NPS has grown in popularity in recent years due to the high returns generated under the program. However, experts believe that returns shouldn’t be the only reason to invest in NPS

Unlike mutual funds, NPS doesn’t give investors much flexibility in terms of investment and repayment

The stock market, which is at its peak, has benefited significantly the stock system, Scheme E of the National Pension System (NPS). The government pension system has performed excellently, with stock systems generating double-digit returns of up to 60 percent over the past year. On the Tier 1 account of NPS, the LIC Pension Fund achieved the highest returns with 59.56 percent, followed by the ICICI Pru Pension Fund (59.47 percent) and UTI Retirement Solutions with a 58.91 percent return. A Tier 1 NPS account is the basic retirement account that is required if you want to take advantage of NPS benefits. The returns on NPS stock programs are consistent with the benchmark returns. Equity programs in the NPS Tier II account, this is the add-on account that offers the flexibility to invest in and withdraw from various programs available in NPS with no exit burden. The NPS Tier I account is blocked until you are 60 unless you renew, but there is no blocking period on the Tier II account.

NPS has grown in popularity in recent years due to the high returns generated under the program. However, experts believe that returns shouldn’t be the only reason to invest in NPS. Unlike mutual funds, NPS doesn’t give investors much flexibility in terms of investment and repayment.

“With NPS, you are not allowed to repay your entire investment before it has reached at least 10 years or 60 years. Additionally, the maximum equity exposure in NPS is capped at 75 percent of your total money invested in NPS, ”says Prateek Mehta, Co-Founder and CBO, Scripbox. This means that you must also have an exposure to fixed income securities. This limits the long-term growth potential for investors with an aggressive risk profile and a long investment horizon.

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According to Mehta, one of the core goals of any retirement-specific portfolio is to stay one step ahead of inflation. “For long periods of 10-15-20 years, equity investments work best to achieve this goal,” he adds.

However, NPS is a good investment option for conservative investors. NPS also has certain exclusive tax benefits. It is intended to give you a higher tax deduction of up to Rs 2 lakh under Sec 80C compared to Rs 1.5 lakh for ELSS schemes offered by mutual funds. Another advantage is that you can withdraw a maximum of 60 percent of your total corpus as a lump sum tax-free when due.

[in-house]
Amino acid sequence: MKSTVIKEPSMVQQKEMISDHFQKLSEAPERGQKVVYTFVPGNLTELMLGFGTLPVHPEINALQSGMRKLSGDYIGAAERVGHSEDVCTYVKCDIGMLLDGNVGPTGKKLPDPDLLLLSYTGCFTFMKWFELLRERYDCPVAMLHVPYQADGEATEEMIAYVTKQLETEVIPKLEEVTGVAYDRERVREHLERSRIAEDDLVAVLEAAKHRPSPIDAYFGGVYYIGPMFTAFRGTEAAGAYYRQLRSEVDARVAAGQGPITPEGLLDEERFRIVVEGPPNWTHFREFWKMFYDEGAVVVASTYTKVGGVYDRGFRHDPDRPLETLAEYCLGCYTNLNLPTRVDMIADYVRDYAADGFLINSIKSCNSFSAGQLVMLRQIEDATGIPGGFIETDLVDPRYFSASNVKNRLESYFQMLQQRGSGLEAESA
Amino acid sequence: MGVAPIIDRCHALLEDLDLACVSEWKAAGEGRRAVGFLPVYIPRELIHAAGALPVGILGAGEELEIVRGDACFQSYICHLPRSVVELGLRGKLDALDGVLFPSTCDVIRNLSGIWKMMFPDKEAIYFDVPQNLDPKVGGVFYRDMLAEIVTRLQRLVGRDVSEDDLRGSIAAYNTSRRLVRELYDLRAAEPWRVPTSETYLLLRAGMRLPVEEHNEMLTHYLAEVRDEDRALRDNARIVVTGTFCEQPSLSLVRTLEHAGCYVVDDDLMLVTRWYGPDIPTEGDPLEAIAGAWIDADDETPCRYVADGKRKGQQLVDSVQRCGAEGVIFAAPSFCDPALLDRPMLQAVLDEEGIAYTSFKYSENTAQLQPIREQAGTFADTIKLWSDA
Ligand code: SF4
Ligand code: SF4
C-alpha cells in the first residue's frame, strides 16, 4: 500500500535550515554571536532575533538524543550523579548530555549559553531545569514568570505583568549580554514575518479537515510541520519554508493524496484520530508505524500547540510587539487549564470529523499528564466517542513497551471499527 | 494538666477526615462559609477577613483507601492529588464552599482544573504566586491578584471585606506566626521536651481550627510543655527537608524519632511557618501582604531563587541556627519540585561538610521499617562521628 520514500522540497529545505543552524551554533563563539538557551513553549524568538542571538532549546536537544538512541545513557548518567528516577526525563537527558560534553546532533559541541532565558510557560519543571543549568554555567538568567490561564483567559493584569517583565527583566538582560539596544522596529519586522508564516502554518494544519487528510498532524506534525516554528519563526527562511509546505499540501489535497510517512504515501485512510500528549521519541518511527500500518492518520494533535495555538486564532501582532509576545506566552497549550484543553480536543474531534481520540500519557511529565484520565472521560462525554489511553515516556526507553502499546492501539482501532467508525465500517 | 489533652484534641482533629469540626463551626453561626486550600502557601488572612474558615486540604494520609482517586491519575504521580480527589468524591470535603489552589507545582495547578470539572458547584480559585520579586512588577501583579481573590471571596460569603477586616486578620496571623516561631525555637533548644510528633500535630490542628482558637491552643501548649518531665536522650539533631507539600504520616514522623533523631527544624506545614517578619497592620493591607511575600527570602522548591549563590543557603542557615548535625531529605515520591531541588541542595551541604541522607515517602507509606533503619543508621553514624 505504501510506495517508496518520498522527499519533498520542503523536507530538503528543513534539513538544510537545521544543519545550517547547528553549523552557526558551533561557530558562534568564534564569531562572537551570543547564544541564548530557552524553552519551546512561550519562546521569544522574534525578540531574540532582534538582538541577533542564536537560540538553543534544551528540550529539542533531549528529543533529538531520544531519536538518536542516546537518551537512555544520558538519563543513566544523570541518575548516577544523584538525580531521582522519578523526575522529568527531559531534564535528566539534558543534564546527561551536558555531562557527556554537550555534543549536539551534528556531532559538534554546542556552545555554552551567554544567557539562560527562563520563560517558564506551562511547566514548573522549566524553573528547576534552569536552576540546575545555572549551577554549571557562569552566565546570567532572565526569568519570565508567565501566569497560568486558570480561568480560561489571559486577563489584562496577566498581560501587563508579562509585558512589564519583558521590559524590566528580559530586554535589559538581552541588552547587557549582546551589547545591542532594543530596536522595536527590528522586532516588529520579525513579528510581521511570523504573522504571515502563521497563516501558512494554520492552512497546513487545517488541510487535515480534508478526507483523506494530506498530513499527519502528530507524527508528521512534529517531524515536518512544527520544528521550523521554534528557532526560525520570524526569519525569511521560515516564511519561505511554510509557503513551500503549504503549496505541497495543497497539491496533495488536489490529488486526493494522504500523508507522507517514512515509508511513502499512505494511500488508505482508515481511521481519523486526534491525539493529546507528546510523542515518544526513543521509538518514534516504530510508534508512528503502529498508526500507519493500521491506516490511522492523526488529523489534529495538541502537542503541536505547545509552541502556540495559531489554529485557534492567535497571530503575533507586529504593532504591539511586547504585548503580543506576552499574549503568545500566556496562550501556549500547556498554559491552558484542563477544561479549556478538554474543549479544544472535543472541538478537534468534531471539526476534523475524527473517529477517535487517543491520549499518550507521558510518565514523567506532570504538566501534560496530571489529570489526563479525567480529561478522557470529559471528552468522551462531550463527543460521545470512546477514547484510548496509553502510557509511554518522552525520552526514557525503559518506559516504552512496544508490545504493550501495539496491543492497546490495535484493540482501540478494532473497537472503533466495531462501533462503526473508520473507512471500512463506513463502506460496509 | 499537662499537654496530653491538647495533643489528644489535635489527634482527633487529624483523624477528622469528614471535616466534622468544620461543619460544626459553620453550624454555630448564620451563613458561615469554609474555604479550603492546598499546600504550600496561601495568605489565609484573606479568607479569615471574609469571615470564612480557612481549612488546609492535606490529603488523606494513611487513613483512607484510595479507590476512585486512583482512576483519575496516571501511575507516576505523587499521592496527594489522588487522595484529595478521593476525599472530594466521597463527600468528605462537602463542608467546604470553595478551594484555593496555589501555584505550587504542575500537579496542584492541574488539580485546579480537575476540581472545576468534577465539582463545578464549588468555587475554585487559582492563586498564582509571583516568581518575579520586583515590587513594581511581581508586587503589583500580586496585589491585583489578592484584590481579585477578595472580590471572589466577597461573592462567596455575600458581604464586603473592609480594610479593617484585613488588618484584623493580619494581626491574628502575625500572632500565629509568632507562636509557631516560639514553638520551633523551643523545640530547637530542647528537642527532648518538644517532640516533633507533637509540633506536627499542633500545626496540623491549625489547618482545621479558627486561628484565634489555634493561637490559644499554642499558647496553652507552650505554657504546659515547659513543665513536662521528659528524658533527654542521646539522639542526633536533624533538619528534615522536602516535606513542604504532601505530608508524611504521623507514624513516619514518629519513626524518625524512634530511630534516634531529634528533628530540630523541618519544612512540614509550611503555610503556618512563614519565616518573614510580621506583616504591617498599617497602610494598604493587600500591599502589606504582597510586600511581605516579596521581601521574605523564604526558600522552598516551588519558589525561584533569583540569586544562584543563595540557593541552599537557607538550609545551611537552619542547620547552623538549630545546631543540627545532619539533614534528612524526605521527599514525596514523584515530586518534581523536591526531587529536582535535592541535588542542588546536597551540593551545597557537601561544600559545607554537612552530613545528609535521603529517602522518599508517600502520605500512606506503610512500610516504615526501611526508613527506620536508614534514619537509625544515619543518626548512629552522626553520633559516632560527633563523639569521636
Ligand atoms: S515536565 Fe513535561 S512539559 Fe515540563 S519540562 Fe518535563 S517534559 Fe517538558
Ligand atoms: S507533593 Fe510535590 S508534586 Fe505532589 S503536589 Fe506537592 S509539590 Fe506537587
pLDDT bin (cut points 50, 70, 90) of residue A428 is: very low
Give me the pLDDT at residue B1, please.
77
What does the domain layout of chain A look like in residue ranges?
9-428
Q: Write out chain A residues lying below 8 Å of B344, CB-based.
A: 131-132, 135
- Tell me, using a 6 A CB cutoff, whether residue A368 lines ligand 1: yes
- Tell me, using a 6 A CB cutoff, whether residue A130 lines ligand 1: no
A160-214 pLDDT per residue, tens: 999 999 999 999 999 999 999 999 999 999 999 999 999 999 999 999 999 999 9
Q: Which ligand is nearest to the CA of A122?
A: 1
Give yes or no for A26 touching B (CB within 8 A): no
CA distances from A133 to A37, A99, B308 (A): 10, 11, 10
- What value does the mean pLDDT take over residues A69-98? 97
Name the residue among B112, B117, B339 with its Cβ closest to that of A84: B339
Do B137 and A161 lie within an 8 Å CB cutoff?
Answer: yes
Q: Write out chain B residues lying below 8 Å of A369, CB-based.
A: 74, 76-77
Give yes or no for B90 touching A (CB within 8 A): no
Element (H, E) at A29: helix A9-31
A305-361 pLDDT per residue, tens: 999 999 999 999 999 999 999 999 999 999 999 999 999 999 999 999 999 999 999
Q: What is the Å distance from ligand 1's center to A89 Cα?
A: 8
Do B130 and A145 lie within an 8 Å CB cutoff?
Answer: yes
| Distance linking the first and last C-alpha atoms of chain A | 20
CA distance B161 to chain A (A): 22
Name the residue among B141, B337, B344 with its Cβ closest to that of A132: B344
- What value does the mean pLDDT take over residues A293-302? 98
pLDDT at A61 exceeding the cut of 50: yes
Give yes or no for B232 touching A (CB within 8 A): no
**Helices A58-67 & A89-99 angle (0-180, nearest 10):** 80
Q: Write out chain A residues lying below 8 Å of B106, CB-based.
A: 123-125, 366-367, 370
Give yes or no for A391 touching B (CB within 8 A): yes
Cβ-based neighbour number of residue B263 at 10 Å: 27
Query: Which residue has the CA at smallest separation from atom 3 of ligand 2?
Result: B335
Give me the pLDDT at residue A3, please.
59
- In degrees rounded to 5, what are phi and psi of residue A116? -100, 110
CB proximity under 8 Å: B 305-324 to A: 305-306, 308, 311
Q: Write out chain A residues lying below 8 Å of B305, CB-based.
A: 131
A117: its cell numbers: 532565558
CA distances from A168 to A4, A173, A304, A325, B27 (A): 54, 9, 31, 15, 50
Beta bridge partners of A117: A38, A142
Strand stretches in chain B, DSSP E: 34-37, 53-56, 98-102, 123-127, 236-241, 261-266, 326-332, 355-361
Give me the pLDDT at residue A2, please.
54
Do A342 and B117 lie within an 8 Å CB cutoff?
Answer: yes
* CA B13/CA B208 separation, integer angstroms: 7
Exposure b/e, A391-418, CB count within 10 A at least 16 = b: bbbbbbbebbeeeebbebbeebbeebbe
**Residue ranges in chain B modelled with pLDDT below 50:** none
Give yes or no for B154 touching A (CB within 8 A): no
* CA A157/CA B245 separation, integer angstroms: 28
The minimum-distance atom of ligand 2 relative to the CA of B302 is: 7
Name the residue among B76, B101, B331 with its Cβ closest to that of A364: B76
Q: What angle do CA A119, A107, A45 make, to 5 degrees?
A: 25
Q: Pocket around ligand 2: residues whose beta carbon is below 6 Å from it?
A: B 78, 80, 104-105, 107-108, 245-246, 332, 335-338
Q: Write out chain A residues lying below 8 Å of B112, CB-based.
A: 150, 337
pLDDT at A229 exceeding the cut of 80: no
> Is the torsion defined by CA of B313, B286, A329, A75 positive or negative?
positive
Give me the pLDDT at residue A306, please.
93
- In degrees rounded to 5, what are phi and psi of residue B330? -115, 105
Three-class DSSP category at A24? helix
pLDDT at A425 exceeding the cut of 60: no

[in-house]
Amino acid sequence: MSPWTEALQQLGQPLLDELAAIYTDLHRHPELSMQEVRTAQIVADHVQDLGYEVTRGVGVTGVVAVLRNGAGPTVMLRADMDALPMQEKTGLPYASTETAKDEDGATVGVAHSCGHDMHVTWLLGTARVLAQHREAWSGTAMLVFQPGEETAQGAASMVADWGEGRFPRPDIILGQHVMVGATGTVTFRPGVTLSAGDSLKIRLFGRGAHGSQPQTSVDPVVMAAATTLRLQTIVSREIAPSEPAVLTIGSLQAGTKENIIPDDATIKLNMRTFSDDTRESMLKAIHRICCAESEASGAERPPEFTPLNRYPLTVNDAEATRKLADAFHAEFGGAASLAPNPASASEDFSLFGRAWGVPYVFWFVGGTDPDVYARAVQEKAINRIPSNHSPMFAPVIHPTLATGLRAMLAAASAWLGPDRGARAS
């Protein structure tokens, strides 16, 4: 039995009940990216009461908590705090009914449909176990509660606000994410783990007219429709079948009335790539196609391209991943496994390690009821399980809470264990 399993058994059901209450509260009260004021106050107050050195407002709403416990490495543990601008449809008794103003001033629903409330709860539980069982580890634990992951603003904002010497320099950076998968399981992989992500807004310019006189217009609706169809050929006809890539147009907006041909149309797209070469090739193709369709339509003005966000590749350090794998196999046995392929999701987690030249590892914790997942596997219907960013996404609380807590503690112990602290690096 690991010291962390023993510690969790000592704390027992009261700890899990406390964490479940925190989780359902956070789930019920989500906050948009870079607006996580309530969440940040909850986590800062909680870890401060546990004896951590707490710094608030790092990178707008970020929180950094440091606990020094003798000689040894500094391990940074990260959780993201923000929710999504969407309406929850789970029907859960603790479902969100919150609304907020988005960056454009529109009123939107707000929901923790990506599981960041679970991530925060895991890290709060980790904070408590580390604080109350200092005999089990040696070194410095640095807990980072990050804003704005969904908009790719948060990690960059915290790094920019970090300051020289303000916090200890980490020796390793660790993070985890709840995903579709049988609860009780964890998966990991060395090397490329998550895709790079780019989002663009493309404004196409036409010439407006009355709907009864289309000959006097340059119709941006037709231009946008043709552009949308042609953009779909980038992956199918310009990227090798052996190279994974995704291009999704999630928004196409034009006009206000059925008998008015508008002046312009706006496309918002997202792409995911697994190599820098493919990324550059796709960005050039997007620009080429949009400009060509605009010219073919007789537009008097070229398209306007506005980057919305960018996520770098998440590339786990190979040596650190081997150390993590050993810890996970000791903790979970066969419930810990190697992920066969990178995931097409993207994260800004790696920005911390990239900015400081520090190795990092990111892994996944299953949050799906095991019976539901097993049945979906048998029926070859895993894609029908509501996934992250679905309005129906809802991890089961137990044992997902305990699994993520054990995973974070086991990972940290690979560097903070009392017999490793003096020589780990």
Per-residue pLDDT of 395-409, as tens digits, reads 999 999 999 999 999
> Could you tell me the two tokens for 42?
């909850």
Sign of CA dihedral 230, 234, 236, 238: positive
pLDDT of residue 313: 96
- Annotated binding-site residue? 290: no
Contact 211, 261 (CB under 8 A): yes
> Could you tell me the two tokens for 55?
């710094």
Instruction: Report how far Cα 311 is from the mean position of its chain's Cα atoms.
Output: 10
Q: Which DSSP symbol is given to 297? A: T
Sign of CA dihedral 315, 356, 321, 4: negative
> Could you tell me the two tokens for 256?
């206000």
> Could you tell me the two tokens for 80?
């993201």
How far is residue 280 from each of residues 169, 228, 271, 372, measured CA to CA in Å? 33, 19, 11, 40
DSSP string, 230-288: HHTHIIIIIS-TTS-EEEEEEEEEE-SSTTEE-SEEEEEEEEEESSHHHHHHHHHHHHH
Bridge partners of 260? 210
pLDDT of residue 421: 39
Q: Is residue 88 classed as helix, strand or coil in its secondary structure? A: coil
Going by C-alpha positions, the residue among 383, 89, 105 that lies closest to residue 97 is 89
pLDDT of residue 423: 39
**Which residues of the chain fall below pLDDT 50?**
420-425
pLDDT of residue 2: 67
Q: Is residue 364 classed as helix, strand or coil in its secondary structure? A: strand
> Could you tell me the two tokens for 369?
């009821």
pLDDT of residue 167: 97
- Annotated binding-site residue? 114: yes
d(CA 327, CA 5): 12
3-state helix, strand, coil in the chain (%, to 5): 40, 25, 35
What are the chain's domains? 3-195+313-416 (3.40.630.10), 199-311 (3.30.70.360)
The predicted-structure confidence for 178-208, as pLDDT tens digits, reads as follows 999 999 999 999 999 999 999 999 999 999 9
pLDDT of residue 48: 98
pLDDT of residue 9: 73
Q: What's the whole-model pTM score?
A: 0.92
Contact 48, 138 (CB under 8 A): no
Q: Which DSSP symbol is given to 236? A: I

Therefore, those looking to maximize tax benefits can invest an additional Rs 50,000 in NPS after wiping out Rs 1.50 lakh in other suitable investment and spending options under Section 80C.

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Not the best retirement provision

There is no single system that is best, but an effective inflation-protected portfolio that can be used in a changing investment environment. Such a portfolio will have adequate exposure to stocks in order to overcome inflation and fixed income securities and provide stability according to an individual’s risk profile and needs.

Retirement planning is first and foremost a lifelong process. Before you start building your nest egg, you need to calculate how much you would need after retirement. You will also need to periodically reassess this as your lifestyle evolves over time.

“One rule of thumb is to build a retirement nest with 25-30 times the annual expenses at retirement age. The idea is that you build a kitten big enough to make an income at least equal to yours If you have liabilities or other large planned outgoings, add that on top of that, “Mehta says.

Once you’ve set that financial goal, it’s time to start thinking about asset allocation – and this may depend on your age and stage in life. For example, if you’re between 35 and 45, Mehta explains, you can invest 60 percent of your savings in equity funds and 40 percent in bond funds. Getting exposure to stocks is essential for retirement planning in most cases as it will help you beat inflation in the long run. We believe inflation is your number one concern when saving for retirement provision.

Your asset allocation should ideally change as you near retirement so that you limit the impact of market volatility on your retirement portfolio.

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